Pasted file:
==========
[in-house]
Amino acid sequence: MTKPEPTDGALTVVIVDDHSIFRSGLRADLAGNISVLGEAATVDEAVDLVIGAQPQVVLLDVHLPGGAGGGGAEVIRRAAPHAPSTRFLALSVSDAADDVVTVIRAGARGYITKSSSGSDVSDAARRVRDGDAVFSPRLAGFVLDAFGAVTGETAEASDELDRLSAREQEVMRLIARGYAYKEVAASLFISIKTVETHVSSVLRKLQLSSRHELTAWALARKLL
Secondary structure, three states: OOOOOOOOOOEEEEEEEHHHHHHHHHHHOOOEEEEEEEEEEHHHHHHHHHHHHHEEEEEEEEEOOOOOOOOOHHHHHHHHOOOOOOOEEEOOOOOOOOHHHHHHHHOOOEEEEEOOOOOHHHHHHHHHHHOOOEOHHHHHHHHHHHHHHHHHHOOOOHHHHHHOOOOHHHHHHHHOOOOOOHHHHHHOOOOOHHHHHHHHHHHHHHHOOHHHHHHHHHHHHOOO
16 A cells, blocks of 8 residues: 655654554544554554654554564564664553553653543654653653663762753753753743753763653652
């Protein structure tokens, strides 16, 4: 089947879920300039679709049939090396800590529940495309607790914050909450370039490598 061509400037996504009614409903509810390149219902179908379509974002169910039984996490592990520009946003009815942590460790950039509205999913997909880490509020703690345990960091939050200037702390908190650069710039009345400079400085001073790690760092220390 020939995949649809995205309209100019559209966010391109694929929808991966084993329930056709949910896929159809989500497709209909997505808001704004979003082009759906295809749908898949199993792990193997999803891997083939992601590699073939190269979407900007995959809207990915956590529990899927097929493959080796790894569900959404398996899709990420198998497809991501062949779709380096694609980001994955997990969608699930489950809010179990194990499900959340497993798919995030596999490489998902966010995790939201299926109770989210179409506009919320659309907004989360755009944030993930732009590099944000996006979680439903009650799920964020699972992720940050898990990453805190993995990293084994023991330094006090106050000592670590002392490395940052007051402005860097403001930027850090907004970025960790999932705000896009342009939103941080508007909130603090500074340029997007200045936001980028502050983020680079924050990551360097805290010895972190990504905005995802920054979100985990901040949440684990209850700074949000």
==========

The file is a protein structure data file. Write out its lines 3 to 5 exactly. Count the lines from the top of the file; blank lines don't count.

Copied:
Secondary structure, three states: OOOOOOOOOOEEEEEEEHHHHHHHHHHHOOOEEEEEEEEEEHHHHHHHHHHHHHEEEEEEEEEOOOOOOOOOHHHHHHHHOOOOOOOEEEOOOOOOOOHHHHHHHHOOOEEEEEOOOOOHHHHHHHHHHHOOOEOHHHHHHHHHHHHHHHHHHOOOOHHHHHHOOOOHHHHHHHHOOOOOOHHHHHHOOOOOHHHHHHHHHHHHHHHOOHHHHHHHHHHHHOOO
16 A cells, blocks of 8 residues: 655654554544554554654554564564664553553653543654653653663762753753753743753763653652
């Protein structure tokens, strides 16, 4: 089947879920300039679709049939090396800590529940495309607790914050909450370039490598 061509400037996504009614409903509810390149219902179908379509974002169910039984996490592990520009946003009815942590460790950039509205999913997909880490509020703690345990960091939050200037702390908190650069710039009345400079400085001073790690760092220390 020939995949649809995205309209100019559209966010391109694929929808991966084993329930056709949910896929159809989500497709209909997505808001704004979003082009759906295809749908898949199993792990193997999803891997083939992601590699073939190269979407900007995959809207990915956590529990899927097929493959080796790894569900959404398996899709990420198998497809991501062949779709380096694609980001994955997990969608699930489950809010179990194990499900959340497993798919995030596999490489998902966010995790939201299926109770989210179409506009919320659309907004989360755009944030993930732009590099944000996006979680439903009650799920964020699972992720940050898990990453805190993995990293084994023991330094006090106050000592670590002392490395940052007051402005860097403001930027850090907004970025960790999932705000896009342009939103941080508007909130603090500074340029997007200045936001980028502050983020680079924050990551360097805290010895972190990504905005995802920054979100985990901040949440684990209850700074949000």